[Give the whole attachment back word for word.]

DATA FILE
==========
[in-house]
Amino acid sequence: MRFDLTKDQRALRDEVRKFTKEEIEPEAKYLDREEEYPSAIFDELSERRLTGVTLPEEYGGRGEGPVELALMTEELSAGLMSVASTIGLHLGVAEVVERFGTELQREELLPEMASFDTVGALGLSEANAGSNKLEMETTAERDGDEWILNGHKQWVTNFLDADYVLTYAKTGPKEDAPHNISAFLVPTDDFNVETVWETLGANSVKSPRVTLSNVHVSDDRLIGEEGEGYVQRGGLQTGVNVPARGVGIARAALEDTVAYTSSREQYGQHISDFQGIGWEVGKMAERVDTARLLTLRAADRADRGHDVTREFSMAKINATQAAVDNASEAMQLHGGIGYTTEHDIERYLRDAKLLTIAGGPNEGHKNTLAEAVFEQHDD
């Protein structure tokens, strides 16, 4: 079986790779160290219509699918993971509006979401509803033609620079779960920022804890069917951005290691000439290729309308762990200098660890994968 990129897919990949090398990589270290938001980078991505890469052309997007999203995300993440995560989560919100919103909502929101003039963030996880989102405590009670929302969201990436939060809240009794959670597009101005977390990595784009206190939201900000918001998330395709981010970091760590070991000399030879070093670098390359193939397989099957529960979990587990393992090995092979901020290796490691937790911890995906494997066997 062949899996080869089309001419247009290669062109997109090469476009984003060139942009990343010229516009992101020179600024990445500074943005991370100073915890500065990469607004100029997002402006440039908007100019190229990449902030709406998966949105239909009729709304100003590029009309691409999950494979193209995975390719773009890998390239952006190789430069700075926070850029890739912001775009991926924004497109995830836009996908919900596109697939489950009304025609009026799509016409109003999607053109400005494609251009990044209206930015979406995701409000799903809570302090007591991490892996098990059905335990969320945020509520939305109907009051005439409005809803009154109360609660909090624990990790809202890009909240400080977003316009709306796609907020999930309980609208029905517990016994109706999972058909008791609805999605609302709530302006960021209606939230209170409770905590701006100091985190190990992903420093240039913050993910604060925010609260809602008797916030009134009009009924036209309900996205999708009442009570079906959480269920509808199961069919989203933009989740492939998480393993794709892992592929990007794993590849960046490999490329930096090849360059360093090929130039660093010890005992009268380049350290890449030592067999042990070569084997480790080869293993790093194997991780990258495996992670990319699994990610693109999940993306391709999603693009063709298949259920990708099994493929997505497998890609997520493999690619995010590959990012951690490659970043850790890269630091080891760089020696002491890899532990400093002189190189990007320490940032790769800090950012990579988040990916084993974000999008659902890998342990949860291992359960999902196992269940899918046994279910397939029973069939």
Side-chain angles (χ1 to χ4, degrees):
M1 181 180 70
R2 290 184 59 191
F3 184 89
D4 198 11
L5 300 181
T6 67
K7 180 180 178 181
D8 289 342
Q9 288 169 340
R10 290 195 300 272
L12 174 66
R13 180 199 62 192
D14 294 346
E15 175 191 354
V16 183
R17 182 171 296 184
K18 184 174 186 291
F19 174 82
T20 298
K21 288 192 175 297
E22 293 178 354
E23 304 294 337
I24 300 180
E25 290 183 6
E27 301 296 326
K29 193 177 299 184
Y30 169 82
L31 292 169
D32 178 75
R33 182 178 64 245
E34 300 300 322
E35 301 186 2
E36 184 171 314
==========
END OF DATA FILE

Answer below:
[in-house]
Amino acid sequence: MRFDLTKDQRALRDEVRKFTKEEIEPEAKYLDREEEYPSAIFDELSERRLTGVTLPEEYGGRGEGPVELALMTEELSAGLMSVASTIGLHLGVAEVVERFGTELQREELLPEMASFDTVGALGLSEANAGSNKLEMETTAERDGDEWILNGHKQWVTNFLDADYVLTYAKTGPKEDAPHNISAFLVPTDDFNVETVWETLGANSVKSPRVTLSNVHVSDDRLIGEEGEGYVQRGGLQTGVNVPARGVGIARAALEDTVAYTSSREQYGQHISDFQGIGWEVGKMAERVDTARLLTLRAADRADRGHDVTREFSMAKINATQAAVDNASEAMQLHGGIGYTTEHDIERYLRDAKLLTIAGGPNEGHKNTLAEAVFEQHDD
């Protein structure tokens, strides 16, 4: 079986790779160290219509699918993971509006979401509803033609620079779960920022804890069917951005290691000439290729309308762990200098660890994968 990129897919990949090398990589270290938001980078991505890469052309997007999203995300993440995560989560919100919103909502929101003039963030996880989102405590009670929302969201990436939060809240009794959670597009101005977390990595784009206190939201900000918001998330395709981010970091760590070991000399030879070093670098390359193939397989099957529960979990587990393992090995092979901020290796490691937790911890995906494997066997 062949899996080869089309001419247009290669062109997109090469476009984003060139942009990343010229516009992101020179600024990445500074943005991370100073915890500065990469607004100029997002402006440039908007100019190229990449902030709406998966949105239909009729709304100003590029009309691409999950494979193209995975390719773009890998390239952006190789430069700075926070850029890739912001775009991926924004497109995830836009996908919900596109697939489950009304025609009026799509016409109003999607053109400005494609251009990044209206930015979406995701409000799903809570302090007591991490892996098990059905335990969320945020509520939305109907009051005439409005809803009154109360609660909090624990990790809202890009909240400080977003316009709306796609907020999930309980609208029905517990016994109706999972058909008791609805999605609302709530302006960021209606939230209170409770905590701006100091985190190990992903420093240039913050993910604060925010609260809602008797916030009134009009009924036209309900996205999708009442009570079906959480269920509808199961069919989203933009989740492939998480393993794709892992592929990007794993590849960046490999490329930096090849360059360093090929130039660093010890005992009268380049350290890449030592067999042990070569084997480790080869293993790093194997991780990258495996992670990319699994990610693109999940993306391709999603693009063709298949259920990708099994493929997505497998890609997520493999690619995010590959990012951690490659970043850790890269630091080891760089020696002491890899532990400093002189190189990007320490940032790769800090950012990579988040990916084993974000999008659902890998342990949860291992359960999902196992269940899918046994279910397939029973069939």
Side-chain angles (χ1 to χ4, degrees):
M1 181 180 70
R2 290 184 59 191
F3 184 89
D4 198 11
L5 300 181
T6 67
K7 180 180 178 181
D8 289 342
Q9 288 169 340
R10 290 195 300 272
L12 174 66
R13 180 199 62 192
D14 294 346
E15 175 191 354
V16 183
R17 182 171 296 184
K18 184 174 186 291
F19 174 82
T20 298
K21 288 192 175 297
E22 293 178 354
E23 304 294 337
I24 300 180
E25 290 183 6
E27 301 296 326
K29 193 177 299 184
Y30 169 82
L31 292 169
D32 178 75
R33 182 178 64 245
E34 300 300 322
E35 301 186 2
E36 184 171 314